cover image SEVENTEEN


Liz Rosenberg, . . Cricket/Marcato, $16.95 (142pp) ISBN 978-0-8126-4915-4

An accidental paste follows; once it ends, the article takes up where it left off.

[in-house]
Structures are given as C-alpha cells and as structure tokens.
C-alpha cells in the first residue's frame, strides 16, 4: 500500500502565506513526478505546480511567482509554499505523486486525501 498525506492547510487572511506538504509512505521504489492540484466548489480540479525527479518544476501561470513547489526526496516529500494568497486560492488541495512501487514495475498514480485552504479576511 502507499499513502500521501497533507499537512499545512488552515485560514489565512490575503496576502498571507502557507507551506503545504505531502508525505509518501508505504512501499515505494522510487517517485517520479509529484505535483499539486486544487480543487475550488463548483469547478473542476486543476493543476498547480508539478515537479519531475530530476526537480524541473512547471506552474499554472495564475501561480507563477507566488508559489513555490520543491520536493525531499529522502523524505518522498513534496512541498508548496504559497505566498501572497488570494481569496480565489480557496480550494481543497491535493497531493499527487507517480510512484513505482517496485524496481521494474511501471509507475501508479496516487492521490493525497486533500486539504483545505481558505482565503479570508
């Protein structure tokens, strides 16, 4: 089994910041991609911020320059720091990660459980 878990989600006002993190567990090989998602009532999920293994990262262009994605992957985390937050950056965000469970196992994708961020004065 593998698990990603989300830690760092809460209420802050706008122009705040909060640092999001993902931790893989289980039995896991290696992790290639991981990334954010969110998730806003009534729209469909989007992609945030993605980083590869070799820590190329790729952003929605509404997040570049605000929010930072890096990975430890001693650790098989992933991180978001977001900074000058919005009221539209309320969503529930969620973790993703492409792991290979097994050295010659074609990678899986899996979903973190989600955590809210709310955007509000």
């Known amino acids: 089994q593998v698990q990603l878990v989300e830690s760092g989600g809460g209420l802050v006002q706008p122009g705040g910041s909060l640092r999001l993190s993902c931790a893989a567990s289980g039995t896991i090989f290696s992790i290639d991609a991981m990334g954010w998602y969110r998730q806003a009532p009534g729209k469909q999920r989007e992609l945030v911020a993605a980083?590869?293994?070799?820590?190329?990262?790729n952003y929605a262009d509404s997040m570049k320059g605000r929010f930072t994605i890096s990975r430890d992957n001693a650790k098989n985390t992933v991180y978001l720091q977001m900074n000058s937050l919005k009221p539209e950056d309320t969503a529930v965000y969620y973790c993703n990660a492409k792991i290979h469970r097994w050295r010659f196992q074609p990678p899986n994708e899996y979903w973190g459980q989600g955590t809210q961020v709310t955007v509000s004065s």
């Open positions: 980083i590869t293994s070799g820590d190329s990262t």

This series of prose poems voicing the many woes of 17-year-old Stephanie teeters between art and melodrama. Third-person narrative calls on specific details and imagery ("All day she tastes his lips and breathes in the dark, musty old smell of his wool jacket") to evocatively convey the angst of the heroine, but the author squeezes too many complex issues into this slim volume to delve into any of them deeply. The development of Stephanie's character is overshadowed by the conflicts arising from unstable relationships with her mentally disturbed mother and Denny, her fellow-poet boyfriend. Stephanie plummets into depression as she battles irrational fears that she is pregnant (before they have sex), experiences a strangely intimate moment with her boyfriend's alcoholic father and discovers Denny is gay. Her only positive distraction comes with high-school wrestler Ben, who amuses himself by writing rude comments in students' poetry journals. Teens will no doubt find Stephanie's struggles darkly intriguing, but her self-despair eventually becomes tedious. At one point, she makes an elaborate list of the things that make her cry ("The smell of onions frying. Denny's worried face; his long scrawled letters. Long-distance telephone commercials"), but readers may be left to ponder what, if anything, makes her laugh. Ages 14-up. (Oct.)